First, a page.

May 17, 2020

Amazon announces its Shipment Zero initiative

Supply Chain
Sustainability
Supply Chain
Sustainability
Catherine Sturman
2 min
sustainability
In a recent blog, Amazon has revealed its vision to ensure at least 50% of all its shipments achieve net zero by 2030.

Named Shipment Zero, the initia...

In a recent blog, Amazon has revealed its vision to ensure at least 50% of all its shipments achieve net zero by 2030.

Named Shipment Zero, the initiative will align with its commitment to driving sustainability across its operations, from utilising renewable energy sources, responsible sourcing, all the way through to reusable packaging, the move will align with its ambitions to utilise 100% renewable energy across its operations.

To prove to customers, stakeholders and partners that it is committed to achieving its goals, the business is set to release its company-wide carbon footprint figures later this year. The move will provide utmost transparency and enable the business to look for new, innovative ways to identify new ways to reduce its global impact on the environment.

"Customers are always going to want more selection, faster delivery speed, and lower costs,” blog writer Dave Clark has stated, presenting further challenges for Amazon as it continues to grow on a global scale.

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 Candace McGraw, Chief Executive of Cincinnati/Northern Kentucky International Airport revealed to CNBC that Amazon is set to schedule 200 departures and landings per day at that airport alone to support the increased demands of on its logistics activities.

Bringing its fleet in-house across the US, as well as its decision to invest in double-deck trailers in the UK will see the business look for new ways to unlock increased efficiencies across the supply chain, while its Frustration-Free Packaging has now removed 215,000 tons of packaging material. Signing the Sustainable Fuel Buyers’ Principles also highlights its commitment to work alongside service providers to deliver low-carbon commercial transportation solutions.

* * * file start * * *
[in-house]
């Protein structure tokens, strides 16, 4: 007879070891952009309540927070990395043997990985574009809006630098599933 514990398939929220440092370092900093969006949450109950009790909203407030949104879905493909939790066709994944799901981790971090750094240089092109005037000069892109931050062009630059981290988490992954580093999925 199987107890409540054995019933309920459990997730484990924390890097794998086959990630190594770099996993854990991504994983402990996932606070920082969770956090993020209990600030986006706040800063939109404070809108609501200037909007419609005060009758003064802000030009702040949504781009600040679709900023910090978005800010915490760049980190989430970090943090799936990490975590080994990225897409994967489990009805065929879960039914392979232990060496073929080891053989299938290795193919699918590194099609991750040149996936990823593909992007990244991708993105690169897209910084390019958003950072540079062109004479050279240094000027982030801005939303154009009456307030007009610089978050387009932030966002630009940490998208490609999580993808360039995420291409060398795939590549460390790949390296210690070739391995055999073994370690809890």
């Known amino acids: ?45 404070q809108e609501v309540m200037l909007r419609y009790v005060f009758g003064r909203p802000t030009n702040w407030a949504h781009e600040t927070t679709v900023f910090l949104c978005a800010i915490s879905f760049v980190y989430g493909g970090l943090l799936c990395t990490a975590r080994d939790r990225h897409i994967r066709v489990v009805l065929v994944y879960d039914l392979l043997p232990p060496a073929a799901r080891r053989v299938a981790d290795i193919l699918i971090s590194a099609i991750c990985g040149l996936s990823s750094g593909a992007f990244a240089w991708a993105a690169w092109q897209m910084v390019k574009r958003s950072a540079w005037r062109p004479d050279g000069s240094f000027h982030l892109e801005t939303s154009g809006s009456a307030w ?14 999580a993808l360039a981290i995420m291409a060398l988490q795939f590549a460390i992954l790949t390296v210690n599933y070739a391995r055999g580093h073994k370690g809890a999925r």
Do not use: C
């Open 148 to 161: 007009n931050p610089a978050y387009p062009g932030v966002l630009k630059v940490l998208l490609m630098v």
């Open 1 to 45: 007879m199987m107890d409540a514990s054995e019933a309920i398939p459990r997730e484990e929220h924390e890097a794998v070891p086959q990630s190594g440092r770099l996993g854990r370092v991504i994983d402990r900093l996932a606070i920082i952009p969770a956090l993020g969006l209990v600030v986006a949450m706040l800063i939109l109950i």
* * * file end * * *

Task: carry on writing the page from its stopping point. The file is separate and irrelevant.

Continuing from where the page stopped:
Retrofitting existing buildings will also ensure increased energy efficiencies, the business has also looked to harness up to 50% renewable energy across its data centres, as well solar and wind sources in the US and India.

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Jun 9, 2021

Biden establishes Supply Chain Disruptions Task Force

supplychain
Supplychainriskmanagement
Procurement
Biden
3 min
US government lays out plans for supply chain transformation following results of the supply chain review ordered by President Biden in February

The US government is to establish a new body with the express purpose of addressing imbalances and other supply chain concerns highlighted in a review of the sector, ordered by President Joe Biden shortly after his inauguration. 

The Supply Chain Disruptions Task Force will “focus on areas where a mismatch between supply and demand has been evident,” the White House said. The division will be headed up by the Secretaries of Commerce, Transportation, and Agriculture, and will focus on housing construction, transportation, agriculture and food, and semiconductors - a drastic shortage of which has hit some of the US economy’s biggest industries in consumer technology and vehicle manufacturing.